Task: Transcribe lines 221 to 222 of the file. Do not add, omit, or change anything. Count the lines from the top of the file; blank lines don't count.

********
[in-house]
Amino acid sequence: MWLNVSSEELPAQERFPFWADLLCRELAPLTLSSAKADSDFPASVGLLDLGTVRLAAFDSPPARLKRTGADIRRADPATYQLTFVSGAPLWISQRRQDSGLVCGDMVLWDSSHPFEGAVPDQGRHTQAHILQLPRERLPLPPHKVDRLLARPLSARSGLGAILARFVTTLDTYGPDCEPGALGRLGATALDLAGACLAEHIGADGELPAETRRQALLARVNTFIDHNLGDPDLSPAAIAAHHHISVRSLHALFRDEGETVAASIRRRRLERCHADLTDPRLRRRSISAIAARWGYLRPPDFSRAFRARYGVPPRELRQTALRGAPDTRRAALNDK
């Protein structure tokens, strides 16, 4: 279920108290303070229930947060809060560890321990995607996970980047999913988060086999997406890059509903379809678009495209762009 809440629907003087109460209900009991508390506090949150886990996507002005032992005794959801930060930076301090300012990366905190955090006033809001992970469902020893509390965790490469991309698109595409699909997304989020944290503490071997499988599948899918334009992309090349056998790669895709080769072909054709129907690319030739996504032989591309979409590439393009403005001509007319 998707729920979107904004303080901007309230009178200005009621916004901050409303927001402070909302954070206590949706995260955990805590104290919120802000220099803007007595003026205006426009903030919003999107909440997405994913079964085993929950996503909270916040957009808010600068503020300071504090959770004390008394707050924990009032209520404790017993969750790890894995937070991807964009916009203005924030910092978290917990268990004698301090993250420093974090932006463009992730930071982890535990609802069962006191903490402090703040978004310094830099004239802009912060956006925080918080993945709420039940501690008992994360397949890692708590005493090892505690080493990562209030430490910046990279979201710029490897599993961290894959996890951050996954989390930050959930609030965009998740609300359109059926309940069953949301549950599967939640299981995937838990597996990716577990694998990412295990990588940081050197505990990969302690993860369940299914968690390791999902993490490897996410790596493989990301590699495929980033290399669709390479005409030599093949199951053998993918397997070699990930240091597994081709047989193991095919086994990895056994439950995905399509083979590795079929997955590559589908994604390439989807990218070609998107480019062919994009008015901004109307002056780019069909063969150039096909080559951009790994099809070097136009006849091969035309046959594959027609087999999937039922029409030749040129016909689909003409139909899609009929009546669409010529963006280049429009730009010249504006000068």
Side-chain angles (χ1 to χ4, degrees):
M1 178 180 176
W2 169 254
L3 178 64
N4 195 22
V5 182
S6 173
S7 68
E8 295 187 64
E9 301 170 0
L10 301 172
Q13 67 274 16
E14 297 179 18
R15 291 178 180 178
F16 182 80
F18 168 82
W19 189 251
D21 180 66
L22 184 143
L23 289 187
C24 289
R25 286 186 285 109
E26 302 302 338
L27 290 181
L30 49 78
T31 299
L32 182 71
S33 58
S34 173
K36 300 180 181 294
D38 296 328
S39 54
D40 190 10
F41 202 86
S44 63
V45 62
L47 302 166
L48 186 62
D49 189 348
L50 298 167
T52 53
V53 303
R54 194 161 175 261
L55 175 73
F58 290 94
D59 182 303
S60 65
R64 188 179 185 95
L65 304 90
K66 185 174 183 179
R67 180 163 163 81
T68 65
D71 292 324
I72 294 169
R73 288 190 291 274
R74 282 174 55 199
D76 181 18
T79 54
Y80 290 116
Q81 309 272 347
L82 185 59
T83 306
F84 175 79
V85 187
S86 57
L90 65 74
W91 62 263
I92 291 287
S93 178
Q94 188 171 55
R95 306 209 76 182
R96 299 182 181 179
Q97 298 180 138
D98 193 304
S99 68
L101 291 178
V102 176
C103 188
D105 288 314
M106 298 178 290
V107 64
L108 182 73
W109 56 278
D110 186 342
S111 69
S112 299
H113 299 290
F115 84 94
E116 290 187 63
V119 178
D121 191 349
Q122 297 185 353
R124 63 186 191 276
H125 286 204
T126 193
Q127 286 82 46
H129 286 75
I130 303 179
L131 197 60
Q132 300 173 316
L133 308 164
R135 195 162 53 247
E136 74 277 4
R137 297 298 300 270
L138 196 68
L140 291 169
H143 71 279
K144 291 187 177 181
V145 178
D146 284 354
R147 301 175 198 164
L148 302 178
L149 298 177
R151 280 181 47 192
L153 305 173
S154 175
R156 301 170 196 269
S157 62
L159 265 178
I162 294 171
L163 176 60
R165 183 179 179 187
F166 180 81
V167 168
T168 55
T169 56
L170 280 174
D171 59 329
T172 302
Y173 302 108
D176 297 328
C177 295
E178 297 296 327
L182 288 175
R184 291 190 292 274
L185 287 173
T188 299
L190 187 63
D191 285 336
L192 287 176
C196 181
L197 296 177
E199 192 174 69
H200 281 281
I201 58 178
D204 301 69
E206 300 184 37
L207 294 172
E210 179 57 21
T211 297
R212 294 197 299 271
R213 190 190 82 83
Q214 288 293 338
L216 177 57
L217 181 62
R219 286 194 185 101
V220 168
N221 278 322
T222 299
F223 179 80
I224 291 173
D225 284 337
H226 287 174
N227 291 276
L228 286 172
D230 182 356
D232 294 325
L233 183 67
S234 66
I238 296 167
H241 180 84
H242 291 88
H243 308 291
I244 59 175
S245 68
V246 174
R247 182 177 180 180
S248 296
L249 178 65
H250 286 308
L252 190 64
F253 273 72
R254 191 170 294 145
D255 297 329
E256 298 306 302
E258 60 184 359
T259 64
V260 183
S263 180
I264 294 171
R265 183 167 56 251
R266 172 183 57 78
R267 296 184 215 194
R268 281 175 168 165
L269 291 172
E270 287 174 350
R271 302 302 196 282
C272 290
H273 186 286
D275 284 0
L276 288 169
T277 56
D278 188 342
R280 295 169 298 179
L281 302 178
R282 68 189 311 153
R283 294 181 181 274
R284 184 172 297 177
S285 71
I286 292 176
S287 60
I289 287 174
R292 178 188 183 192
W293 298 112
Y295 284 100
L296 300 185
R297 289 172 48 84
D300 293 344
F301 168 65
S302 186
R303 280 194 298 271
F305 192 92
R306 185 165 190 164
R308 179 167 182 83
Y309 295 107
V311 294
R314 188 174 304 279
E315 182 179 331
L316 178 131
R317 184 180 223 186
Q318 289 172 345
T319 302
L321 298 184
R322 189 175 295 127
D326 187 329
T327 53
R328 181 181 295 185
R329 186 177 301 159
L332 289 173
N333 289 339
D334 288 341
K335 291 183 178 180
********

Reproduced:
D300 293 344
F301 168 65